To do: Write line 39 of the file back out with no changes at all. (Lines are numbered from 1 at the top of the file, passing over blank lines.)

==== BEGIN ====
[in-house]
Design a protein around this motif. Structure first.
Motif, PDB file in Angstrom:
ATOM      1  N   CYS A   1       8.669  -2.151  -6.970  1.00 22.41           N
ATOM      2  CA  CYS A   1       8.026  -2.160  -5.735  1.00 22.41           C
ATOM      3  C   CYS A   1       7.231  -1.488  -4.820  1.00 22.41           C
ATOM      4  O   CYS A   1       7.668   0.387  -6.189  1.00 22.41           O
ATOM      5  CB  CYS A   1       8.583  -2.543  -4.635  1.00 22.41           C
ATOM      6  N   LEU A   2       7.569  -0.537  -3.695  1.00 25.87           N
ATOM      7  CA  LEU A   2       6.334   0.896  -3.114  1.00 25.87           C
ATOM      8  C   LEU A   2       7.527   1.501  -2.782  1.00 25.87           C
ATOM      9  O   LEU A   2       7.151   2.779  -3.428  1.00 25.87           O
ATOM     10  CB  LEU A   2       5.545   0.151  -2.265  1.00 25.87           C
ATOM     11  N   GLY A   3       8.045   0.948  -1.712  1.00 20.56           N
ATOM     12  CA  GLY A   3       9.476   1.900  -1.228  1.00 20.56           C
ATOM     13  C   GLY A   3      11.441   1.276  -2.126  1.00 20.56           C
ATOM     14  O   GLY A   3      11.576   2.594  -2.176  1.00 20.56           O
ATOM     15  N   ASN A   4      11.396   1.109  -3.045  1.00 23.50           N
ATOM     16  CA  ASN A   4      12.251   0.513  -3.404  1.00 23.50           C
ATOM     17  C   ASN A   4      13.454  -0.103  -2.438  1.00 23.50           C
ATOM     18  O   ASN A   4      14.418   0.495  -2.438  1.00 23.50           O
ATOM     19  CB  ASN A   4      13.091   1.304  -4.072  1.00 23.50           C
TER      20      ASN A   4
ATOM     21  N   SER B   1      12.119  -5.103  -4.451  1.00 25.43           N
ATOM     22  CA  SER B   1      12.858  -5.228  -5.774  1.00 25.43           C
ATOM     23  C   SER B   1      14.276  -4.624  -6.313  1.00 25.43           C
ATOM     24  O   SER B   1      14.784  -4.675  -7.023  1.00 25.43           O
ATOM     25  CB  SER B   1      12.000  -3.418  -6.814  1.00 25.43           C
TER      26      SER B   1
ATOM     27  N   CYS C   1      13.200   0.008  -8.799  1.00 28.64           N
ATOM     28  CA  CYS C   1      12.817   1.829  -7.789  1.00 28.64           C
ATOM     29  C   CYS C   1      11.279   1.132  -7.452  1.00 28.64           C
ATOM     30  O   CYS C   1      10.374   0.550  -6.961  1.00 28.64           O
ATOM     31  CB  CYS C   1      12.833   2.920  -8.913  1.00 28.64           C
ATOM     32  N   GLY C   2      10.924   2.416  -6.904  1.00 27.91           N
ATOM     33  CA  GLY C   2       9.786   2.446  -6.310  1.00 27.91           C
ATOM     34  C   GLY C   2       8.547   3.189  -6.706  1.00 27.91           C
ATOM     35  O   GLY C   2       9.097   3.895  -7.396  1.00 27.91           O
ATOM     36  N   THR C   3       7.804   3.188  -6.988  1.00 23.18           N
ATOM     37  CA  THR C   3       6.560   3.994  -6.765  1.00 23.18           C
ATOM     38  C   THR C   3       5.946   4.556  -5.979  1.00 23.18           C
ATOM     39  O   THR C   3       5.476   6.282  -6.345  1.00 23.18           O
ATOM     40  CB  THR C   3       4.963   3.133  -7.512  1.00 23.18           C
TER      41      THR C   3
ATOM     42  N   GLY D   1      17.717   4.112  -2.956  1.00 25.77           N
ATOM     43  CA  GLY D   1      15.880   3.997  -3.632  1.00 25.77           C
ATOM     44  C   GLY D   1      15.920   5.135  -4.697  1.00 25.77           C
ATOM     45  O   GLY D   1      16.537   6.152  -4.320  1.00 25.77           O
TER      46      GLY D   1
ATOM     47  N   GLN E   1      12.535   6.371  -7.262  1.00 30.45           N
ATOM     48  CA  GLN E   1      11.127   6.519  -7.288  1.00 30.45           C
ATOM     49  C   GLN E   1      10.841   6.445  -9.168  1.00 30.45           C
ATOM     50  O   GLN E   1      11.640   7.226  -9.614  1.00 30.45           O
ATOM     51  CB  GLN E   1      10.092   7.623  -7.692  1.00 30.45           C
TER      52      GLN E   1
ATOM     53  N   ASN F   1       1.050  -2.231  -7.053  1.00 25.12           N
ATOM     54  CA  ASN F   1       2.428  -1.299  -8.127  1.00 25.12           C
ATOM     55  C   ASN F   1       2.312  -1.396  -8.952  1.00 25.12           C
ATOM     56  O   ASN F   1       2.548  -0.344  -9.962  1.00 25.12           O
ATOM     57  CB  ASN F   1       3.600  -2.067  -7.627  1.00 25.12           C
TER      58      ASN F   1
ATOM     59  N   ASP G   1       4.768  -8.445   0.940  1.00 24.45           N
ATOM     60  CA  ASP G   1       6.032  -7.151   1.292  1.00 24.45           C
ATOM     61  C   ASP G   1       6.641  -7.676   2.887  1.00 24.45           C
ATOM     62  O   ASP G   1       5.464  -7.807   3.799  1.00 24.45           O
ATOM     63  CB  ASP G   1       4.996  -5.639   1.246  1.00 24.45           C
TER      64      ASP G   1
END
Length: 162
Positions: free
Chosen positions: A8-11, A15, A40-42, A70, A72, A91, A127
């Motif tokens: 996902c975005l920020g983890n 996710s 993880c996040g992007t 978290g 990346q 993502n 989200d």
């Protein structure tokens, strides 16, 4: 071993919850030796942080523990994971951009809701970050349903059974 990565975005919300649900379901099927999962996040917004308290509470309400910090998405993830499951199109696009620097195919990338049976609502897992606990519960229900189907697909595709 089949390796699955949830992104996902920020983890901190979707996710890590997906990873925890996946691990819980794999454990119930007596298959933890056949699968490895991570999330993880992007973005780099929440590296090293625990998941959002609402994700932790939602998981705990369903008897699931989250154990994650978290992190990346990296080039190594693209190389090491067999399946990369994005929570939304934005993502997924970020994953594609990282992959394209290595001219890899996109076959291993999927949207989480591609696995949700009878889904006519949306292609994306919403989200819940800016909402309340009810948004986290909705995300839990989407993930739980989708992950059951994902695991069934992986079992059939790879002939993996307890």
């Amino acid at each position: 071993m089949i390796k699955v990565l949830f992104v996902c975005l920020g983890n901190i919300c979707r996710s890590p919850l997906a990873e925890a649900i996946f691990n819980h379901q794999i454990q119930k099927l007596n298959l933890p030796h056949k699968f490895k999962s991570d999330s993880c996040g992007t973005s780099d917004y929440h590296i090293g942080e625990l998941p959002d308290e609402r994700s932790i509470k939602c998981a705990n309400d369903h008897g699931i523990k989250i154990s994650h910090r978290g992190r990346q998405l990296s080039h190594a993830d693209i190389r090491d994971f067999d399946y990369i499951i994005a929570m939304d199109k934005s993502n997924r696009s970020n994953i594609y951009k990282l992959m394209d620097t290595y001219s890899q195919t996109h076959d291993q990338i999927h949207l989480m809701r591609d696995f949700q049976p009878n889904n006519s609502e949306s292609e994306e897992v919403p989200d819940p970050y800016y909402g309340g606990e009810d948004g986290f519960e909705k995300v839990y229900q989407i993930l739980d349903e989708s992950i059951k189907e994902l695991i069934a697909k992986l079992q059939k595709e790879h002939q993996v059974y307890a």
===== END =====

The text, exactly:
ATOM     36  N   THR C   3       7.804   3.188  -6.988  1.00 23.18           N